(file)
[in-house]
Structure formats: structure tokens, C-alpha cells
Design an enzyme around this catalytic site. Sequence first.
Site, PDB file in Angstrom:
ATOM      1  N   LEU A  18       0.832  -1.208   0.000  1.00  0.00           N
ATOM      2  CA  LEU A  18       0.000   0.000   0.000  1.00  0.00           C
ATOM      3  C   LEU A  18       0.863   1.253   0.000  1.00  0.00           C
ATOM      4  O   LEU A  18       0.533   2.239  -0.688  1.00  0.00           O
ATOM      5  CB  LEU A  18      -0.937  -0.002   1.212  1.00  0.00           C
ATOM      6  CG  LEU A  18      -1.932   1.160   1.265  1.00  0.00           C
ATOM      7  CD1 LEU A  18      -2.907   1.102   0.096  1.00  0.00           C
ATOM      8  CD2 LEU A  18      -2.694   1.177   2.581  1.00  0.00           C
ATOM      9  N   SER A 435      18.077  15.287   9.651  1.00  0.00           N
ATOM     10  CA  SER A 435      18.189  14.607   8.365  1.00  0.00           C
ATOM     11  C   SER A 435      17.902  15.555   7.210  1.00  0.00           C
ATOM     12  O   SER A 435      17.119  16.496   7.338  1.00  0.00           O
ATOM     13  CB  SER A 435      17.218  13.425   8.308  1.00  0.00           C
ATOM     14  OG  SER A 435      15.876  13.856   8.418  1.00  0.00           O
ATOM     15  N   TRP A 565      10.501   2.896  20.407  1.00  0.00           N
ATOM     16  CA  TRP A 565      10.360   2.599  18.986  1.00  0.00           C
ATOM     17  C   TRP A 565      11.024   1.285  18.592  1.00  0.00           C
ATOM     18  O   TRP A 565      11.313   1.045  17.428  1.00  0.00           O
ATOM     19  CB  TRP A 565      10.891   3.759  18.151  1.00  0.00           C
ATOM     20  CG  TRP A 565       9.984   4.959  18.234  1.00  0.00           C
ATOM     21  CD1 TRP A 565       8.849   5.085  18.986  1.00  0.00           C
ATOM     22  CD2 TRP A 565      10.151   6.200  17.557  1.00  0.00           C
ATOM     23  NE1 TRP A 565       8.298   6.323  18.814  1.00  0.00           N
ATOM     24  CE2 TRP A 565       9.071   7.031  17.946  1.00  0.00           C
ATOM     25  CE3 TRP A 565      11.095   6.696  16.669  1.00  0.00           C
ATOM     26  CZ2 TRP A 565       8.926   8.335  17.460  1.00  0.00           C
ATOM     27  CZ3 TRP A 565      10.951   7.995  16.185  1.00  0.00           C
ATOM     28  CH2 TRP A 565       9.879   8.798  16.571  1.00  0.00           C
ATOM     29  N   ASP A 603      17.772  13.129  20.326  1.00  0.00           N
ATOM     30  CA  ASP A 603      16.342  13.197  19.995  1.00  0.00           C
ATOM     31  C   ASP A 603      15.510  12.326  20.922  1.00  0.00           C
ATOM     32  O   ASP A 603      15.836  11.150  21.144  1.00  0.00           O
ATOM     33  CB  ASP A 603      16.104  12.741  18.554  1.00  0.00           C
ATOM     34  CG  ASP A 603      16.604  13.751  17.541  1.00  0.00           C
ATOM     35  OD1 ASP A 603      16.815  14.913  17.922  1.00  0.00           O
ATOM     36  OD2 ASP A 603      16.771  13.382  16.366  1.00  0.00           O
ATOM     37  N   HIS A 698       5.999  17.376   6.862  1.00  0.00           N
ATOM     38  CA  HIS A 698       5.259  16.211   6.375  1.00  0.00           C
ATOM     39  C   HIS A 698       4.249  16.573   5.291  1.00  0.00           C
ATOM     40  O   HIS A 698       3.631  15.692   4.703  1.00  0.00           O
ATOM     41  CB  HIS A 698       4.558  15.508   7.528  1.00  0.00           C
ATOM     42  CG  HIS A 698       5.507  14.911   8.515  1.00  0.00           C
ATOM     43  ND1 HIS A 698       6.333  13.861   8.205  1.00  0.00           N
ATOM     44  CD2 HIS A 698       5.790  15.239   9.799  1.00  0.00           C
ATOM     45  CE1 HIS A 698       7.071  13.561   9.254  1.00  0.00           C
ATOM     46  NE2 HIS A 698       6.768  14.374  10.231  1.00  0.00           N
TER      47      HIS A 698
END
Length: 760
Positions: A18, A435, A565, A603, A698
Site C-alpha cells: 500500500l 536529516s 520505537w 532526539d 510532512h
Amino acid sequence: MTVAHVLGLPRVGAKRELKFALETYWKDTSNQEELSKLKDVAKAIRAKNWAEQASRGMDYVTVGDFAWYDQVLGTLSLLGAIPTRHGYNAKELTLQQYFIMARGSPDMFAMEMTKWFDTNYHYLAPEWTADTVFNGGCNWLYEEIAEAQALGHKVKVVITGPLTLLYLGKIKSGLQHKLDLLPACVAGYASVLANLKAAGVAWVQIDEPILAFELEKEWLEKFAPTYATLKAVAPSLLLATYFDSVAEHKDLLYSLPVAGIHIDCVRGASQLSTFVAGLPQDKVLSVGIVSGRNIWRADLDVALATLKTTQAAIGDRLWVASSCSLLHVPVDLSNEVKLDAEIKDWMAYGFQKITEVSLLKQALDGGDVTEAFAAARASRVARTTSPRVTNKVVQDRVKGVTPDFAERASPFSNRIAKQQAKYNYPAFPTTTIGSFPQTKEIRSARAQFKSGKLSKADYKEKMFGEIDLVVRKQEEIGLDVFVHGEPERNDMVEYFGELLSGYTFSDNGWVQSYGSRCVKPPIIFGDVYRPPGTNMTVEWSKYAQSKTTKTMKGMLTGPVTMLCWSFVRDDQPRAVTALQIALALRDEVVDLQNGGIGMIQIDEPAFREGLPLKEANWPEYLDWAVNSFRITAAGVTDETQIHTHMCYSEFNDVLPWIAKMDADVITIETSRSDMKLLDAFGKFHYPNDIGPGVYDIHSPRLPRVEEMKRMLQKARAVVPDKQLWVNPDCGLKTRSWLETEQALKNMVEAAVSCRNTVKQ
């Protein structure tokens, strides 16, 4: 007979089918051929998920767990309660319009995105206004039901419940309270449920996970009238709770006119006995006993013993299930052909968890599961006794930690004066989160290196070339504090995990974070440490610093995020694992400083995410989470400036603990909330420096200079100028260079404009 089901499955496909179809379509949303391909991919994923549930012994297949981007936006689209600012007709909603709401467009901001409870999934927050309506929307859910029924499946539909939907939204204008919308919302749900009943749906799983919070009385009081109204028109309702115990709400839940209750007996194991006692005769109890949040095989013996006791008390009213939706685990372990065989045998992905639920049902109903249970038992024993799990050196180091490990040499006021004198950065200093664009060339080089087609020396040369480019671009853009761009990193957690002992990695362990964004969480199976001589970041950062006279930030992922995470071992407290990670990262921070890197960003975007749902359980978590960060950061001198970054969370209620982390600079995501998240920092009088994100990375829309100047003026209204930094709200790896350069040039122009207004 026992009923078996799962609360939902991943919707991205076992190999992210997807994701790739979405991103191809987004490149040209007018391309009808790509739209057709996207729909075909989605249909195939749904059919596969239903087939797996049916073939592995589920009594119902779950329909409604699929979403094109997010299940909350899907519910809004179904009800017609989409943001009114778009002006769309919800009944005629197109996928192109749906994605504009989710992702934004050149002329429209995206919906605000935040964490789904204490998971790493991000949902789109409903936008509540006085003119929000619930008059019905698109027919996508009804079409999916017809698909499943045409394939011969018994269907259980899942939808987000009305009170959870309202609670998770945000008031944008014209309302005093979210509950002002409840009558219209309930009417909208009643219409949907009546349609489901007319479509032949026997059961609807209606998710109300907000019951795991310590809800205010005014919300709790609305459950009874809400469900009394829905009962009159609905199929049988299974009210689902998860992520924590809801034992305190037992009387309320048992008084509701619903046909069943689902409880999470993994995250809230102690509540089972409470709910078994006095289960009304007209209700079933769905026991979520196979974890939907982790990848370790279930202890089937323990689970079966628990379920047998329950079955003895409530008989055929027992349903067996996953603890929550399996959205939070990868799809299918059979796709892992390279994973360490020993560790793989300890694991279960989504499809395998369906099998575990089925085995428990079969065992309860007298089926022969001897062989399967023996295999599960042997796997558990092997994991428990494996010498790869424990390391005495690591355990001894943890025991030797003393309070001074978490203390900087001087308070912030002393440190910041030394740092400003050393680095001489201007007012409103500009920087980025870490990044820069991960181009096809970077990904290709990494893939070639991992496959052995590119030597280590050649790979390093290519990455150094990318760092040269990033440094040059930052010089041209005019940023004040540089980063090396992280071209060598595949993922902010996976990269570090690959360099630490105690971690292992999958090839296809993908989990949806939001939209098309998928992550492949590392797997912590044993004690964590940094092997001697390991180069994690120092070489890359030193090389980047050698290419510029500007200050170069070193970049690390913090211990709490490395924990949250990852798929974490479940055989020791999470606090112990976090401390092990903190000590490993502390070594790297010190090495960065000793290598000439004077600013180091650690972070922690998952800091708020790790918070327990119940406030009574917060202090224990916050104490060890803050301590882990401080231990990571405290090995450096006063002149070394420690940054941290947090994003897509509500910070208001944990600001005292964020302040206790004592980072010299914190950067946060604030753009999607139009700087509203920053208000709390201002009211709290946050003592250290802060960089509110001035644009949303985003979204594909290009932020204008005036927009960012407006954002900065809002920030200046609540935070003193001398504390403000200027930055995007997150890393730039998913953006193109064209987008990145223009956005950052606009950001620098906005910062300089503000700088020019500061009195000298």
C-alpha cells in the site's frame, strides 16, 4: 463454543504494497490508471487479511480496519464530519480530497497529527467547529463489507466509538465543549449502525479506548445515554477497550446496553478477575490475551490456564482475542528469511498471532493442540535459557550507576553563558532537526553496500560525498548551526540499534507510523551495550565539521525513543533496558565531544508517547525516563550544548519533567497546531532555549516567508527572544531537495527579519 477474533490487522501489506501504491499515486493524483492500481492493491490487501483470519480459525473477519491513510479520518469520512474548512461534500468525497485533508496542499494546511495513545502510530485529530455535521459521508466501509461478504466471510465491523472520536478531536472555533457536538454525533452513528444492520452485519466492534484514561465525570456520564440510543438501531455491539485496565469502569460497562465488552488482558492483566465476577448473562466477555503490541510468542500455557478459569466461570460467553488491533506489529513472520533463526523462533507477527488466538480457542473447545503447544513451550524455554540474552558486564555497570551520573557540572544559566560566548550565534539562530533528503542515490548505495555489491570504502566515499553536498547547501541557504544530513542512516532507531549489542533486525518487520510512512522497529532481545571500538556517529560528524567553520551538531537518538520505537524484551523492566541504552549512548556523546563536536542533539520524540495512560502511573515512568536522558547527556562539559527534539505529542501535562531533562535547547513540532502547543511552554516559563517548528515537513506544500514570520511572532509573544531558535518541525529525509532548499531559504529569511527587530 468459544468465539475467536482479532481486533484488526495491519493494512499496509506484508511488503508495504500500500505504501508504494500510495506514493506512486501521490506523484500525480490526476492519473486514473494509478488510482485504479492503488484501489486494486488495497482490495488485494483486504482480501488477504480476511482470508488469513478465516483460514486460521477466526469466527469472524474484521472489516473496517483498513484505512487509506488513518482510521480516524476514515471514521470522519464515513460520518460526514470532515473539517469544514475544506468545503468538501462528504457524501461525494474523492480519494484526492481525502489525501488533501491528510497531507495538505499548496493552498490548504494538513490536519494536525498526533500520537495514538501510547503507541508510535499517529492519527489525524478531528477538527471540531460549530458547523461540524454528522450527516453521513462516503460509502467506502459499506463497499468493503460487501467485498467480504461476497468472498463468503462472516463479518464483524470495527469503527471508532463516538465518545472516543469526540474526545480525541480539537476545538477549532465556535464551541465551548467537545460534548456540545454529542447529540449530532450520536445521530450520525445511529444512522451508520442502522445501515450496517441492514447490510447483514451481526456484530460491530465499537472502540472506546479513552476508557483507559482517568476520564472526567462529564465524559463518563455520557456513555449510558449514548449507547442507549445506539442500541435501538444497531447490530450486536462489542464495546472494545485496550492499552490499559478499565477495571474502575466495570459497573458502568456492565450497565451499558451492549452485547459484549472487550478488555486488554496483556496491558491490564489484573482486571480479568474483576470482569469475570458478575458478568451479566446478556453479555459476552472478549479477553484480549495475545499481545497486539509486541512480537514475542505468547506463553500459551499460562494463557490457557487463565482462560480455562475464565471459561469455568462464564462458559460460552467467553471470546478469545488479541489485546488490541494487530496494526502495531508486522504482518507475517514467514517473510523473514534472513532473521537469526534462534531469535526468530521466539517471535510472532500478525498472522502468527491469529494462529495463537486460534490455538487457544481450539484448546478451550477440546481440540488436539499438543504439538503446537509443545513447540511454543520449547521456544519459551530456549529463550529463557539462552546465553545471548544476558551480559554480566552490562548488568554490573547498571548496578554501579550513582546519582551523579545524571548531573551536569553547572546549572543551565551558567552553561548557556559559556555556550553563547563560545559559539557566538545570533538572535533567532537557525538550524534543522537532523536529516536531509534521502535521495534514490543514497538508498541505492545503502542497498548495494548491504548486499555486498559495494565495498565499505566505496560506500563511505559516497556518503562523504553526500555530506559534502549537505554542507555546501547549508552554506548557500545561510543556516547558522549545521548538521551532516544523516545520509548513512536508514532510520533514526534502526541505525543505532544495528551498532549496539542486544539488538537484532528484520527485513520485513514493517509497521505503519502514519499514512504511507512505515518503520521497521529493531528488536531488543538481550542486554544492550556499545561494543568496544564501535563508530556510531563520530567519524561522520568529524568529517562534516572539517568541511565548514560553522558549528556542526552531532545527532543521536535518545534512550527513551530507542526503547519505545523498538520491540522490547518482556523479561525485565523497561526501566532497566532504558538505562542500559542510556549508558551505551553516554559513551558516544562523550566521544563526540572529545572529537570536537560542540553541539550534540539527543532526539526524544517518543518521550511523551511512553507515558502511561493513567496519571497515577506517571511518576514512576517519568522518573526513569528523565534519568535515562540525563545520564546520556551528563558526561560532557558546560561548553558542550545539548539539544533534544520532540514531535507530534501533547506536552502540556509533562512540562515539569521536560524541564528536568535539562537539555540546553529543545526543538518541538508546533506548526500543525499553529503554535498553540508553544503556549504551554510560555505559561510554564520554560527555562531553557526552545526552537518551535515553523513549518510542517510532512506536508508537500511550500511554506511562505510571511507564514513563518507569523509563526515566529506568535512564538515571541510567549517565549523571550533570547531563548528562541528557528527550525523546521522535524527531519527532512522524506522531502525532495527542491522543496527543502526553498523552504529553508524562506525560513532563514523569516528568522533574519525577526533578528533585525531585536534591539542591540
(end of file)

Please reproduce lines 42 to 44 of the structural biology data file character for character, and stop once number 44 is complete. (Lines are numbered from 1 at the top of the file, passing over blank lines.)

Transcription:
ATOM     38  CA  HIS A 698       5.259  16.211   6.375  1.00  0.00           C
ATOM     39  C   HIS A 698       4.249  16.573   5.291  1.00  0.00           C
ATOM     40  O   HIS A 698       3.631  15.692   4.703  1.00  0.00           O